I haven’t watched a movie for months so on the weekend I wasn’t being lazy and just lying around, my kids and I binged on these which incidentally are all adaptations of books:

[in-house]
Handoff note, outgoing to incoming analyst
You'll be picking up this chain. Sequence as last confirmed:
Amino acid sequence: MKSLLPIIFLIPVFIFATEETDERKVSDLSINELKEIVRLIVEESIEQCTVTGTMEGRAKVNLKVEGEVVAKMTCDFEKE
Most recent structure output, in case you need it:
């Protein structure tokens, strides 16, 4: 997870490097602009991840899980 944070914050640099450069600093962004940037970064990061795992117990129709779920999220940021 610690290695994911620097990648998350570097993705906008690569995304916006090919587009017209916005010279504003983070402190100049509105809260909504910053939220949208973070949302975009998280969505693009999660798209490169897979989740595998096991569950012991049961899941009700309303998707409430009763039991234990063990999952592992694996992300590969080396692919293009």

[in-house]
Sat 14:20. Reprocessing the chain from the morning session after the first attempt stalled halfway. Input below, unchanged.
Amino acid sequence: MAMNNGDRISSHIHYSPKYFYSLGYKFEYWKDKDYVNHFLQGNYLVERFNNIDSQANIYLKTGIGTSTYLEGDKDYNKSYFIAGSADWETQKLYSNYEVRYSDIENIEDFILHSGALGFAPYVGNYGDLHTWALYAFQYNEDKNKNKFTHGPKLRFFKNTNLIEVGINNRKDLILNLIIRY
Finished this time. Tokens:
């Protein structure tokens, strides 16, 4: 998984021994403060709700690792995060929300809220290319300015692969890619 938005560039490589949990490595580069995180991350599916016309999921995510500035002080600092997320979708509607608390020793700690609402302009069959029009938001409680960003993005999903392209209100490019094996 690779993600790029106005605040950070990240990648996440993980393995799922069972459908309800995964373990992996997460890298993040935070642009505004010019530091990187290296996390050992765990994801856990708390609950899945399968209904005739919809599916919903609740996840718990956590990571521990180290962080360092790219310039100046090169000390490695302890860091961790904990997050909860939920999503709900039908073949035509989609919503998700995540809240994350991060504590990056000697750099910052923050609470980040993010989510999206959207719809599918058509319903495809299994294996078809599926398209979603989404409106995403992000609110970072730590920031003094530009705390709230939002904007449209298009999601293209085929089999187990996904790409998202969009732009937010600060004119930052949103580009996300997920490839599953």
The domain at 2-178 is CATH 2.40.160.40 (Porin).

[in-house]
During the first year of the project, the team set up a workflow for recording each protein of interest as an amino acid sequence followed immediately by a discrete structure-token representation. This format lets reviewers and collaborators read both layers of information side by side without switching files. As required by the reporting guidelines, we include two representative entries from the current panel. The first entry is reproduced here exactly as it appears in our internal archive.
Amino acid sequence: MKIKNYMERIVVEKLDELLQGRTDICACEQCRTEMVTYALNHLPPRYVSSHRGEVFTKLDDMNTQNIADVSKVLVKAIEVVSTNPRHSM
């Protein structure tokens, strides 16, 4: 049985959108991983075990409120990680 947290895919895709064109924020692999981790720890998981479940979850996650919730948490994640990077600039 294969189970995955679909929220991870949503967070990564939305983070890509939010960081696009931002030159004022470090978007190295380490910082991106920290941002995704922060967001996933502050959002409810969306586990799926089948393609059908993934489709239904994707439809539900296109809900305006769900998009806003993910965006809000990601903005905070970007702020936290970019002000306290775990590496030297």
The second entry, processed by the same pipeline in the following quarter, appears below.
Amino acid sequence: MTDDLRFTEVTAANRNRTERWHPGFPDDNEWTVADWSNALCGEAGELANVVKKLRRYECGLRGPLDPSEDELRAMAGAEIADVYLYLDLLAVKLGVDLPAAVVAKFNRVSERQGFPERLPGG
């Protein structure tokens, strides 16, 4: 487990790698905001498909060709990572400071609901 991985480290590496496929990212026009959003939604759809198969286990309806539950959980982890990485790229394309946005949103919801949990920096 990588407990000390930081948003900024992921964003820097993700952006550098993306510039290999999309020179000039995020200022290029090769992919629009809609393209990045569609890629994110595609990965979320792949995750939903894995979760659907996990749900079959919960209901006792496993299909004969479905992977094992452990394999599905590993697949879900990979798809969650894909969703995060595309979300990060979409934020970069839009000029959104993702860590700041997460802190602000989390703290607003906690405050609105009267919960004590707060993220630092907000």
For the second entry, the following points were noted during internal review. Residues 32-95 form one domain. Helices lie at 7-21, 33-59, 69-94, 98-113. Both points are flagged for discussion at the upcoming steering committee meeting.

Ms. Peregrine’s House for Peculiar Children. It follows the same dark but all’s-well-that-ends-well theme in Burton’s Alice, and if you approach it with the eyes of a child, the movie won’t disappoint. The backdrop of the story is this group’s loop circa 1943 which Ms. Peregrine, an Ymbryne, maintains with her ability to loop time. The Peculiars…it’s just amazing how one could conjure up these characters and actually put them out there on screen. I so like Ms. Peregrine (I’m a fan of Eva Green, from Bond), a darkly wacko version of Mary Poppins with her pipe-smoking and expression which The Guardian describes as one that looks like she’s privy to some joke she’s not sharing. Would real-world orphanages hire someone like her? But that’s just her appearance because she really is fierce (just look at her with that crossbow) when it comes to her brood. Like when the Hollows’ ie. bad Peculiars’ ring leader Barron (Samuel Jackson) has Jake (Asa Butterfield) hostage, and stepping into the House starts issuing commands to the children. Ms. Peregrine shushed him saying she makes the rules inside the House and that no one tells her children what to do. Barron looks taken aback and immediately obeys, a strange reaction from a bad guy. To his credit, this villain must’ve had a great relationship with his mother, ha ha! As for Ms. Peregrine, or should I say, Eva Green, her role is just so anti-Bond girl which is refreshing- I’m not a love interest, I just live for my children. For costume, I like Emma’s strap-on platform lead shoes (visuals here). So original! For CGI effects, I like how they made Emma float effortlessly (like a kite!) on the string held by Jake. This is one of the movies I could watch over and over without getting bored.